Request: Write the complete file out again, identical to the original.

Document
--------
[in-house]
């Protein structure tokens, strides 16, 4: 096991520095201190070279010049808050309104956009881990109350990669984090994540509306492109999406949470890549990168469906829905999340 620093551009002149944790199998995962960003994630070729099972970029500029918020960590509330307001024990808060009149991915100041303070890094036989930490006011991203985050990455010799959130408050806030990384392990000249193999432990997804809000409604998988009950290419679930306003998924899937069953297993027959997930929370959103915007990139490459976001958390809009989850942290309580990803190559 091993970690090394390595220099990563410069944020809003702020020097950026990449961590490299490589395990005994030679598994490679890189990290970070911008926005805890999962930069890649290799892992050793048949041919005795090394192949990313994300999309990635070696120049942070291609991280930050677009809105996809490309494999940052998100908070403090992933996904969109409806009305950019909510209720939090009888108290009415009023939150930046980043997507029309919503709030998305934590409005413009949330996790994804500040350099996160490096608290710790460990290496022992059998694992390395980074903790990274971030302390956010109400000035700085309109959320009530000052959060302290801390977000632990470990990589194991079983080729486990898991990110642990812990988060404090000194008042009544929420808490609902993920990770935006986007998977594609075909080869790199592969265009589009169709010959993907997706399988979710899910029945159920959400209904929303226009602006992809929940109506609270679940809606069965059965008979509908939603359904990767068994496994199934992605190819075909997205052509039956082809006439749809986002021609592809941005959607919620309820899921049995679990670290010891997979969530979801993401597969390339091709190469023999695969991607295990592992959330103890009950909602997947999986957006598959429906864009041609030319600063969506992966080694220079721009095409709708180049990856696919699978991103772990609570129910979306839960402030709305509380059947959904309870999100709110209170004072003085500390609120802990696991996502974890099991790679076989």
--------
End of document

[in-house]
């Protein structure tokens, strides 16, 4: 096991520095201190070279010049808050309104956009881990109350990669984090994540509306492109999406949470890549990168469906829905999340 620093551009002149944790199998995962960003994630070729099972970029500029918020960590509330307001024990808060009149991915100041303070890094036989930490006011991203985050990455010799959130408050806030990384392990000249193999432990997804809000409604998988009950290419679930306003998924899937069953297993027959997930929370959103915007990139490459976001958390809009989850942290309580990803190559 091993970690090394390595220099990563410069944020809003702020020097950026990449961590490299490589395990005994030679598994490679890189990290970070911008926005805890999962930069890649290799892992050793048949041919005795090394192949990313994300999309990635070696120049942070291609991280930050677009809105996809490309494999940052998100908070403090992933996904969109409806009305950019909510209720939090009888108290009415009023939150930046980043997507029309919503709030998305934590409005413009949330996790994804500040350099996160490096608290710790460990290496022992059998694992390395980074903790990274971030302390956010109400000035700085309109959320009530000052959060302290801390977000632990470990990589194991079983080729486990898991990110642990812990988060404090000194008042009544929420808490609902993920990770935006986007998977594609075909080869790199592969265009589009169709010959993907997706399988979710899910029945159920959400209904929303226009602006992809929940109506609270679940809606069965059965008979509908939603359904990767068994496994199934992605190819075909997205052509039956082809006439749809986002021609592809941005959607919620309820899921049995679990670290010891997979969530979801993401597969390339091709190469023999695969991607295990592992959330103890009950909602997947999986957006598959429906864009041609030319600063969506992966080694220079721009095409709708180049990856696919699978991103772990609570129910979306839960402030709305509380059947959904309870999100709110209170004072003085500390609120802990696991996502974890099991790679076989």